This article highlights the next generation of can decorating machines by packagers and the manufacturers of packaging machinery. To build their new next-generation decorator, Alcoa Packaging Machinery’s (APM) engineers were given the rare opportunity to develop the machine from a “white sheet.” The four-color decorator is a continuous-motion, rotary machine, which holds each can body upright on a mandrel. Each can rolls against a blanket cylinder, which transfers an inked pattern from a plate cylinder. APM’s engineers were especially interested in finding out how the mandrel shafts would deflect under load. Deflection is an important consideration for any rotary printer because it determines how well an image will transfer between rolls. APM is planning to unveil its new can decorator at a metal packaging trade show in Germany. The machine has yet to be proven in production, but the design has progressed.
Imagine walking down the soda aisle of your supermarket and seeing among the collection of six-packs a bunch of cans remarkably more colorful than the ones you usually see. These new cans are not limited to two, or three, or even four colors, but reflect every hue of the rainbow, much like the printing you’d find on the pages of a glossy magazine.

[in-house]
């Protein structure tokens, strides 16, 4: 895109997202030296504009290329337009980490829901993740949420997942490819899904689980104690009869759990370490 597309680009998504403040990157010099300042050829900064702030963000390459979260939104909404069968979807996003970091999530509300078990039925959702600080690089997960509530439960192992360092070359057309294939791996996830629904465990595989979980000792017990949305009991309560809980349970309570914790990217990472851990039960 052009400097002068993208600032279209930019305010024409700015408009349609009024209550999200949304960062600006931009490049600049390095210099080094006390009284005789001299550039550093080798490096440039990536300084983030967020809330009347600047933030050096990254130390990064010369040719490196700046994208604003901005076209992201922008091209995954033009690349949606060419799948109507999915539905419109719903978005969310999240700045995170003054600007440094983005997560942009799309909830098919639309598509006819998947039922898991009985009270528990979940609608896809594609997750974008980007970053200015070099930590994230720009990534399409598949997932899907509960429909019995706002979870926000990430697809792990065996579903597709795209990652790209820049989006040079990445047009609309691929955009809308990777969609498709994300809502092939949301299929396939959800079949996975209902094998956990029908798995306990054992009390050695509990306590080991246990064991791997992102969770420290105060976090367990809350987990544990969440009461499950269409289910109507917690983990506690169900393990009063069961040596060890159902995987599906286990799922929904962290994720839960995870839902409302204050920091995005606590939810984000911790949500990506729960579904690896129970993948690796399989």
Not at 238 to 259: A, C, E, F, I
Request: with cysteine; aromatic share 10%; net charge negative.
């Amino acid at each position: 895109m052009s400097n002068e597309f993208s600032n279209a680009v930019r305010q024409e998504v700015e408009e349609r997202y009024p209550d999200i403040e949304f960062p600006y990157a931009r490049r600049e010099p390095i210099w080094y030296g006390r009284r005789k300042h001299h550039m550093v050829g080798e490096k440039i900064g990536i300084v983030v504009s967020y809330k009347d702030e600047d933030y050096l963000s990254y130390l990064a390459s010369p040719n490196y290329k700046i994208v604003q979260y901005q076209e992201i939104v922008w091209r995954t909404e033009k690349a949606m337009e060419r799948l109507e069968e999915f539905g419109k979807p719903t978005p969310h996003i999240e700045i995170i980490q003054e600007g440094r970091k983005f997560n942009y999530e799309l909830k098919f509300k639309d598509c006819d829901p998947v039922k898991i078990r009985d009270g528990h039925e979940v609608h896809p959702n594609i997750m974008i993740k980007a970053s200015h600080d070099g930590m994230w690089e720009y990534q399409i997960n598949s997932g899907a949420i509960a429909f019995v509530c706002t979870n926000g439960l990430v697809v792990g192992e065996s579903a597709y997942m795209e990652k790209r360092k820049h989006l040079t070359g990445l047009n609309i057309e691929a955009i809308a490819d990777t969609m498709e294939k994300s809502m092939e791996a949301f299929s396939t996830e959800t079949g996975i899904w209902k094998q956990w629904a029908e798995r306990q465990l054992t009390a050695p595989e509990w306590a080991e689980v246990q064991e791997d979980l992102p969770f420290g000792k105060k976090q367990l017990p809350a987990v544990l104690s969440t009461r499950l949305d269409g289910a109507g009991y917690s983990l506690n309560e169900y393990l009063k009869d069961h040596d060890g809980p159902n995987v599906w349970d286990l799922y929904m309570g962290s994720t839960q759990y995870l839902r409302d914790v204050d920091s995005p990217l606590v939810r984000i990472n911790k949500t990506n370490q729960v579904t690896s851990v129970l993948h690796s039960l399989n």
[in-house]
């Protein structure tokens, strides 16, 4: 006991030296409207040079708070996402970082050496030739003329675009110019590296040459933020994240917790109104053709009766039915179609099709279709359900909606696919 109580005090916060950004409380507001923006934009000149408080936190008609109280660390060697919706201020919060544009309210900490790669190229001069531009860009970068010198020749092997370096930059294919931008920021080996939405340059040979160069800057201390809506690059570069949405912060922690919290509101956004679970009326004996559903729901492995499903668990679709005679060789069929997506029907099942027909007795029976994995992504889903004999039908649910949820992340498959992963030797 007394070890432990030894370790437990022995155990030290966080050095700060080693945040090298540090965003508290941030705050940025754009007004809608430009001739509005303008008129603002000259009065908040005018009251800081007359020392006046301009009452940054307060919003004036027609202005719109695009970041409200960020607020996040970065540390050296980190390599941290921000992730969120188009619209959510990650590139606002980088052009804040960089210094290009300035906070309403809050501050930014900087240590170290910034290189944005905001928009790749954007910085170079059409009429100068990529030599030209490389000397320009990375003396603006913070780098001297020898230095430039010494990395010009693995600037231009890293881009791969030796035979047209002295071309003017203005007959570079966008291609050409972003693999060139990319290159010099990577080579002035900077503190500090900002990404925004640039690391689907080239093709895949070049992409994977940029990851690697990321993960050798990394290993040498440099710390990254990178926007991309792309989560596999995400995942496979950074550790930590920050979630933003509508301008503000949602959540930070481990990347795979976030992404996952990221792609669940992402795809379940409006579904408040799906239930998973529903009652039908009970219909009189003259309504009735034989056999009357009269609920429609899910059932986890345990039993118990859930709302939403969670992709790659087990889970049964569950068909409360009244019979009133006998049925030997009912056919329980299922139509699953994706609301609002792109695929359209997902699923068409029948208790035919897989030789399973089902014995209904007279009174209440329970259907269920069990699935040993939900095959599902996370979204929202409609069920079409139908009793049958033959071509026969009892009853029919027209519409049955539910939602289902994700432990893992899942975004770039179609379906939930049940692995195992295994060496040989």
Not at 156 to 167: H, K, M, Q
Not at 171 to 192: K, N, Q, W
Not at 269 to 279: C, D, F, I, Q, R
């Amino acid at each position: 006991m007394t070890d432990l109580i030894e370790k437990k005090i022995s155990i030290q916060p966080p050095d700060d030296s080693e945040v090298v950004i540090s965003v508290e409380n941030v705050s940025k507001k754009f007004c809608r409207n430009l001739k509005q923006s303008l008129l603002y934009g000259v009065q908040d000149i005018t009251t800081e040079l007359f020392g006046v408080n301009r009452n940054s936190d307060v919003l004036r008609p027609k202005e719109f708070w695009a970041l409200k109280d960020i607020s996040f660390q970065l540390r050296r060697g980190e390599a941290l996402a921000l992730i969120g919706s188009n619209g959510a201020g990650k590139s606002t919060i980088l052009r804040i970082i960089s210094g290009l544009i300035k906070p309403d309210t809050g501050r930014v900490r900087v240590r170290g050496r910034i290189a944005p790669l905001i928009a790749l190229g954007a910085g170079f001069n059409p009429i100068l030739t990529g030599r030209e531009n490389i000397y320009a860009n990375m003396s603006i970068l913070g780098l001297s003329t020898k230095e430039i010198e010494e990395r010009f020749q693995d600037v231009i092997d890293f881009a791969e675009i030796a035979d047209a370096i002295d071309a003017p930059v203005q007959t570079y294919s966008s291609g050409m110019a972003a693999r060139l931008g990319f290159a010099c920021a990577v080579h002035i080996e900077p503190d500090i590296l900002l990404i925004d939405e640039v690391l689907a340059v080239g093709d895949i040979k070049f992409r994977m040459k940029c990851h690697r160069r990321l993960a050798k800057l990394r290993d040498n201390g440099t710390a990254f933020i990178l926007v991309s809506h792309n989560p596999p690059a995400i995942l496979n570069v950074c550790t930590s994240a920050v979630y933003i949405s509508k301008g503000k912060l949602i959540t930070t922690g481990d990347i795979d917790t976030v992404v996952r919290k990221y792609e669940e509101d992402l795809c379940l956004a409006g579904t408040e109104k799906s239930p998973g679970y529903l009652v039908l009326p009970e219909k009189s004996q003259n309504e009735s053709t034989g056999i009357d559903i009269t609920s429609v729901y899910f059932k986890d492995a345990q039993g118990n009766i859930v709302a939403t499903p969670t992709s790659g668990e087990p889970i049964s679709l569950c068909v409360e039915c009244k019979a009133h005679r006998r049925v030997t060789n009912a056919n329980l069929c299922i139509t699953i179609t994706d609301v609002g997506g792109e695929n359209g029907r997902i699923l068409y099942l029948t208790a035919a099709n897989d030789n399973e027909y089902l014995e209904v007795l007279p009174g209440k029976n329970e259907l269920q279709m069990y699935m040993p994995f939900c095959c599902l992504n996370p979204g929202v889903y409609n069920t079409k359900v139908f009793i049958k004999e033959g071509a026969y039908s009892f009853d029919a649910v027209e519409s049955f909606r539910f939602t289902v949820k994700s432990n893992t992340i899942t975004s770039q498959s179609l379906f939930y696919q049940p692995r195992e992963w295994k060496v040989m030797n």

Would you buy the product based on its new packaging alone? That’s not likely. Yet the people at Alcoa Packaging Machinery and its parent company, Alcoa, of Pittsburgh, are banking on the fact that at least you would give the product a second look.
Packagers and the manufacturers of packaging machinery hunt for “whatever we can do to differentiate our packages,” said Paul Choate, the engineering manager at Alcoa Packaging Machinery in Englewood, Colo. That could mean developing the next generation of can decorating machines. Or it could mean designing machines capable of embossing raised lettering along the side of a can and printing the letters in full register. To help Alcoa sell more aluminum, the engineers at the packaging machinery unit have been designing both kinds of machines lately, adding to a product mix that includes can forming and base coating machines as well.